Chicago doctor left his IVF practice

Mercatornet interviewed by email Dr. Anthony J. Caruso who worked in the field of in vitro fertilization for 15 years before he stopped in 2010.
In this interview Dr. Caruso shared:

“In 2008 I was increasingly concerned about the kind of procedures we were doing. …Then it was the way in which everybody looked at the embryos that had undergone pre-implantation genetic diagnosis. Finally, it was the realization that the embryos that we were producing were just as important as the embryos that were transferred.”

… “The nature of the act is not good. The good effect is a wanted child. However, that desire does not outweigh the negative nature of the act. One need look no further than the way in which embryos are treated to see this.”
He describes how IVF causes children to be seen as commodities:

“Every child is a gift from God. However, the process that brought them into existence has led to an attitude towards the embryo that is no different than any other commodity. If you add pre-implantation diagnosis into the equation, then you really have a situation that is no different than an auto dealership or a department store. “I will take two of these and then freeze these and toss these.” The very people who are showing off their beautiful children will not answer questions about how many frozen embryos are still present or how many they asked to be destroyed. Also, I doubt that anyone has ever thought how they might describe these things to their children—the fate of their siblings—because they are not seen as such. They are seen as simply a means to an end.”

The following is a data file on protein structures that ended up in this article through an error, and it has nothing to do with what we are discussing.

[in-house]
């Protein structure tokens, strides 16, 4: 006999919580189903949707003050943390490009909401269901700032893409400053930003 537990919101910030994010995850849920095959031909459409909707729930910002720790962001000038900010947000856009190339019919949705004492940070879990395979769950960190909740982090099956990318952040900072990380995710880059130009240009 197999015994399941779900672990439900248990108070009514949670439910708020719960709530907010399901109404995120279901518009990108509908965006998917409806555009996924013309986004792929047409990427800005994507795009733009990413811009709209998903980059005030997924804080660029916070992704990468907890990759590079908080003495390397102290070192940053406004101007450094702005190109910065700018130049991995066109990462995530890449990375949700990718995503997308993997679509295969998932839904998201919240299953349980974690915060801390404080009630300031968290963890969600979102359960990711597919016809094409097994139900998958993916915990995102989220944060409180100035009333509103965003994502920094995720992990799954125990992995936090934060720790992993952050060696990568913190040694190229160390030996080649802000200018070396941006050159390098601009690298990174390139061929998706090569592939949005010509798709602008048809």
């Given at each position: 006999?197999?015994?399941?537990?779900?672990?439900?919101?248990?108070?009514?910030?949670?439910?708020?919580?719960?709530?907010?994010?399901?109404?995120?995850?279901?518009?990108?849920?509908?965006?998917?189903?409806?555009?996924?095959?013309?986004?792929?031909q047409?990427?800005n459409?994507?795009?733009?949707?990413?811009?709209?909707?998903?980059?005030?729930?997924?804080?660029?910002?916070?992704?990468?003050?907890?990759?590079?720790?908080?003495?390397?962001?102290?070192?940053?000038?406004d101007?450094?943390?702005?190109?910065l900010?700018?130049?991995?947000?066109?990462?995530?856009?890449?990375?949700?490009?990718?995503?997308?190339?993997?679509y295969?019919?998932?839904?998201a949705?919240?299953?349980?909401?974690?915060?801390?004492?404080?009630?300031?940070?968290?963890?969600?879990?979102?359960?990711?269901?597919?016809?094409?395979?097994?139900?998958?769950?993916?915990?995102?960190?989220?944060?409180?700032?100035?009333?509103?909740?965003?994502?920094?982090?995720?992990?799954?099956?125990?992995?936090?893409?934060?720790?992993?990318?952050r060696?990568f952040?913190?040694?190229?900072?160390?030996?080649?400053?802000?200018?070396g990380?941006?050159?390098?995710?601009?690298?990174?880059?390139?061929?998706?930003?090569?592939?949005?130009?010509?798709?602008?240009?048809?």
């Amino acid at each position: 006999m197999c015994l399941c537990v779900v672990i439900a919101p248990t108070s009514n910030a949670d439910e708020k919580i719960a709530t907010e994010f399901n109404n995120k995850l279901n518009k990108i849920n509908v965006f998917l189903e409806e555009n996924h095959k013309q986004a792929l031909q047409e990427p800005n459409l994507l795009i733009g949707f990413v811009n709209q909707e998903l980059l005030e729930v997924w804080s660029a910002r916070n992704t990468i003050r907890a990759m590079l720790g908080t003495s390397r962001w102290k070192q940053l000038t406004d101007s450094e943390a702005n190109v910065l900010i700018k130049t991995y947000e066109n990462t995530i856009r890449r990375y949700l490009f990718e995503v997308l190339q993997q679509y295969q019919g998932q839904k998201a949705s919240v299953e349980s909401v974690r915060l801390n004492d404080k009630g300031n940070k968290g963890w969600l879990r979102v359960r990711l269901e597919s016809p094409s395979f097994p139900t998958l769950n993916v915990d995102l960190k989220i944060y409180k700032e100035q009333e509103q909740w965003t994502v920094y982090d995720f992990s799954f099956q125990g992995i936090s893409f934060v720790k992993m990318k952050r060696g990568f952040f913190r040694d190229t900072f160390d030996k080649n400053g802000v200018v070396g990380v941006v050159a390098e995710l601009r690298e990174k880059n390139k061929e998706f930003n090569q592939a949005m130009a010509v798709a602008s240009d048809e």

Many people are unaware that IVF sometimes involves ‘selective reduction’, a euphemism for the practice of aborting one baby or more when faced with a pregnancy of triplets or more. The New York Times reported on an alarming trend where now even twin pregnancies are also ‘selectively reduced’ (one baby aborted) so the mother carries only one child. This occurs even in twin pregnancies where the children are naturally conceived.

The practice of IVF can result in the death of many embryos. Some embryos are destroyed either because of a poor genetic diagnosis or simply because they are not needed.

Will this lead to an attitude where only children deemed genetically perfect are accepted?

Dr. Caruso quotes from a 2003 London Times article in which Dr. Peter Brindsen of a Cambridgeshire IVF clinic founded by Dr. Robert Edwards, the pioneer of IVF, says: “in 50 years assisted conception will have almost become the norm. This is because screening techniques will have improved to such an extent that parents can make their children free of even minor defects.”

If we reject human embryonic life because of disability or disease, how can we respect and welcome in society those who are born with the same conditions?

Source: Mercatornet, April 19, 2012. Change of heart.